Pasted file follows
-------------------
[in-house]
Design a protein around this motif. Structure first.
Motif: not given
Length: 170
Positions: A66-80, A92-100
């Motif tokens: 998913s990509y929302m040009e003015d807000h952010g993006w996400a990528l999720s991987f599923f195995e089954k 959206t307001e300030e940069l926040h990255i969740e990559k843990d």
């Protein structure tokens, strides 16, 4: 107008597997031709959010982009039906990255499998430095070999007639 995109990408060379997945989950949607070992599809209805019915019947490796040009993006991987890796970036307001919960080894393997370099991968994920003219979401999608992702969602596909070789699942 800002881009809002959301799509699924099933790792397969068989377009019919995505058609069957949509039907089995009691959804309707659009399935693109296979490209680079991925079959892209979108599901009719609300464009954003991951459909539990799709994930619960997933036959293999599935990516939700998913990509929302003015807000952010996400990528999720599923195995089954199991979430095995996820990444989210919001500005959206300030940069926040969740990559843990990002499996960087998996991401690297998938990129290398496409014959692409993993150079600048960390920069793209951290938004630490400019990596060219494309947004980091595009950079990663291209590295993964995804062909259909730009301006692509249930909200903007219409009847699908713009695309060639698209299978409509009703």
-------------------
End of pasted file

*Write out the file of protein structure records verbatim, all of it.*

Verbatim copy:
[in-house]
Design a protein around this motif. Structure first.
Motif: not given
Length: 170
Positions: A66-80, A92-100
């Motif tokens: 998913s990509y929302m040009e003015d807000h952010g993006w996400a990528l999720s991987f599923f195995e089954k 959206t307001e300030e940069l926040h990255i969740e990559k843990d």
């Protein structure tokens, strides 16, 4: 107008597997031709959010982009039906990255499998430095070999007639 995109990408060379997945989950949607070992599809209805019915019947490796040009993006991987890796970036307001919960080894393997370099991968994920003219979401999608992702969602596909070789699942 800002881009809002959301799509699924099933790792397969068989377009019919995505058609069957949509039907089995009691959804309707659009399935693109296979490209680079991925079959892209979108599901009719609300464009954003991951459909539990799709994930619960997933036959293999599935990516939700998913990509929302003015807000952010996400990528999720599923195995089954199991979430095995996820990444989210919001500005959206300030940069926040969740990559843990990002499996960087998996991401690297998938990129290398496409014959692409993993150079600048960390920069793209951290938004630490400019990596060219494309947004980091595009950079990663291209590295993964995804062909259909730009301006692509249930909200903007219409009847699908713009695309060639698209299978409509009703």